If a person faints or is knocked out, voluntary and involuntary muscular control is interrupted and the person falls. Since muscle tension is still in effect, the person falls in some direction. If a person is instantly killed, such as by a suicide gunshot, muscle tension immediately ceases and the person collapses in an instant. At one instant, the person is standing normally with a gun to his or head, then the trigger is pulled and, in an instant, the person is in a pile on the floor. The person does not fall over, he or she just collapses to the floor in an instant. With no muscle tension in the body, it collapses similar to a wet rag.
If you need to stop a punch that is about to strike an opponent, and, if you are able to consciously reduce muscle tension in your punching arm, the arm will be similar to a wet noodle and will harmlessly bounce off the opponent. Have you have waked up after lying on your arm to find the arm is "dead." Not only does it not have any feeling, it just hangs uselessly, similar to a wet noodle. If you were to spin your body so the arm could hit someone, it would not cause any harm. Practice stopping a technique by instantly reducing muscle tension in the arm and relaxing it so it becomes limp. Since you cannot "slam on the brakes" or redirect a technique without a great amount of muscle tension, you cannot use this relaxing method at the same time you use them.
Some martial arts, such as A .S. P. (American Self Protection), believe that teaching beginning students to focus is not only unnecessary, but also dangerous. They posit that a well placed, powerful kick needs does not need to be focused to be very damaging, and that a focused kick may cause damage that is incommensurate to the severity of an attack, thus exposing the user to liability. These critics argue that any attempt to control an attack may result in an ineffective attack or an unnecessarily damaging attack (actually, this would be result of not using control). These critics believe that, when students train to deliver attacks using light-contact, that they have the option to use focus if the situation calls for it. Hogwash! How may you have the option to use something you do not know how to use? In addition, if you do choose to use the focus option, then you will still have the claimed limitations of using focus.
If you master control, you will impress spectators more than a person who performs spectacular breaking techniques. Almost anyone off the street can break a board with raw power, but only a highly trained martial artist can execute a technique with precise control.
It is easy to control linear attacks, such as a side kick or a jab, in a non-contact sparring match. Since you know how long your leg and arm is, all you have to do is adjust your range to the target. Rarely does a linear technique make contact or hit any harder than originally indented. However, it is more difficult to control angular or circular techniques.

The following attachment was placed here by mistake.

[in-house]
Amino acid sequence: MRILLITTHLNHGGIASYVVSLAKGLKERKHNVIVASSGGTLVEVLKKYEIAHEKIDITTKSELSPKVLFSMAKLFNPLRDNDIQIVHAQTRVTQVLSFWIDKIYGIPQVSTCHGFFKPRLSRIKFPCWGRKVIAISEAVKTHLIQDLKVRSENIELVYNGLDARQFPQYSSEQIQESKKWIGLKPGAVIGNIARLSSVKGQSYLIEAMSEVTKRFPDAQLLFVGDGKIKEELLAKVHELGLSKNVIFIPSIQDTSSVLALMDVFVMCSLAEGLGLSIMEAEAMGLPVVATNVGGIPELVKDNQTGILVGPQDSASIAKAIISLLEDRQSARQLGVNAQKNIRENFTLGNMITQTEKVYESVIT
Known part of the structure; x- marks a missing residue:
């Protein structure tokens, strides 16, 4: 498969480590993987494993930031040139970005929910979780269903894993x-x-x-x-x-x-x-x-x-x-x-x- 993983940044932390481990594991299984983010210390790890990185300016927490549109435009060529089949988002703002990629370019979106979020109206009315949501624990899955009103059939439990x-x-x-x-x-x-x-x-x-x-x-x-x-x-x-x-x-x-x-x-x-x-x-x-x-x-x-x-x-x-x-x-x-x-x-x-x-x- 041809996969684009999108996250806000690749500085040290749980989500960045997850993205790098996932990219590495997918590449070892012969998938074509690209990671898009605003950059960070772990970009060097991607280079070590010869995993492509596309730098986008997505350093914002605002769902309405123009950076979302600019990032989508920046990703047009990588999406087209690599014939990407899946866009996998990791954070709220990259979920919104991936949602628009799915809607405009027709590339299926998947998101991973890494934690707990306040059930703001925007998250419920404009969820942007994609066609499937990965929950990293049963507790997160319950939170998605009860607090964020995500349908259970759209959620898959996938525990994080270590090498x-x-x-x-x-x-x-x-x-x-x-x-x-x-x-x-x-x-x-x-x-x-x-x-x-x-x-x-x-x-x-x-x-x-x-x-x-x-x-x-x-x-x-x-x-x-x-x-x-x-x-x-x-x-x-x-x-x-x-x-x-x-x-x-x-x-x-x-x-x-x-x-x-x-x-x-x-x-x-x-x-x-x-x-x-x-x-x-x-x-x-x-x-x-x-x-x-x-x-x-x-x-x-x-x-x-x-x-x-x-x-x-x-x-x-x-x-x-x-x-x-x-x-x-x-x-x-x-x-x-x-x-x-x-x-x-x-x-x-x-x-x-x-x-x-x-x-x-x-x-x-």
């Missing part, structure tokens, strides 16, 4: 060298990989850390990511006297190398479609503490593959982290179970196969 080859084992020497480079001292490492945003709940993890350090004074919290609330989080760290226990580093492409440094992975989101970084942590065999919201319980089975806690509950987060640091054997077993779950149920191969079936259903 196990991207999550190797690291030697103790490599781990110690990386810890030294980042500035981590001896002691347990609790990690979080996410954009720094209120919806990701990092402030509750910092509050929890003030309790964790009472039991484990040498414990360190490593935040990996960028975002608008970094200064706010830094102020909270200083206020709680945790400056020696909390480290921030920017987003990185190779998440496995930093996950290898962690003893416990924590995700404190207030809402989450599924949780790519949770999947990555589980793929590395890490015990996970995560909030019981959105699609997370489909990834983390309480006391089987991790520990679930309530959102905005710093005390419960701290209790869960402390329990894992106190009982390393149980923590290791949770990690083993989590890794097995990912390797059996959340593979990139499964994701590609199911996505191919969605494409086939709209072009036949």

In an angular technique, such as a round kick or an overhand punch, control is more difficult but still manageable. In the round kick, the body and upper leg rotate while the weight is centered over the rotating base foot. If you stop the rotation at exactly 180 degrees so the knee is pointed at the target, when the kick fires, you know exactly where it will impact, since the last motion of the kick is from the knee to the foot. The lower leg has very little mass so it is relatively easy to stop its motion if necessary. In an overhand punch (a punch that moves up and over the opponent’s guard and then down to the target), if there is a problem, the arm’s motion must be stopped, but, since the arm has little mass and the shoulder muscles are so strong, this is relatively easy to do. Angular techniques occasionally make contact, but when they do, the contact is still relatively light.
Circular techniques, such as a circular style crescent kick, a heel kick, or a hook punch, are very difficult to control so they cause the most problems in no or light contact sparring. In each of the kicks, since the leg is straight during the kick, to stop the kick, the entire mass of the leg must be stopped. Since the mass is so great and the hip muscles are not strong enough, it is difficult, if not impossible, to stop the kick, so the next best thing to do is to try to drop the kick straight down to the floor.
Since the arm mass is so light, it can be relatively easy to control or stop a hook punch. The problem is that most people only train in performing a hook punch with a full range of motion, so when control is needed, they do not do so well.
If not avoided or blocked, circular techniques will make contact and will probably make hard contact, so most injures in no or light contact sparring comes from circular techniques.
To help control circular techniques, students need to practice using control. Instead of circular crescent kick, a snap crescent kick (similar to a front kick that strikes with the side of foot against the side of the opponent) may be used. Snap kicks are relatively easy to control.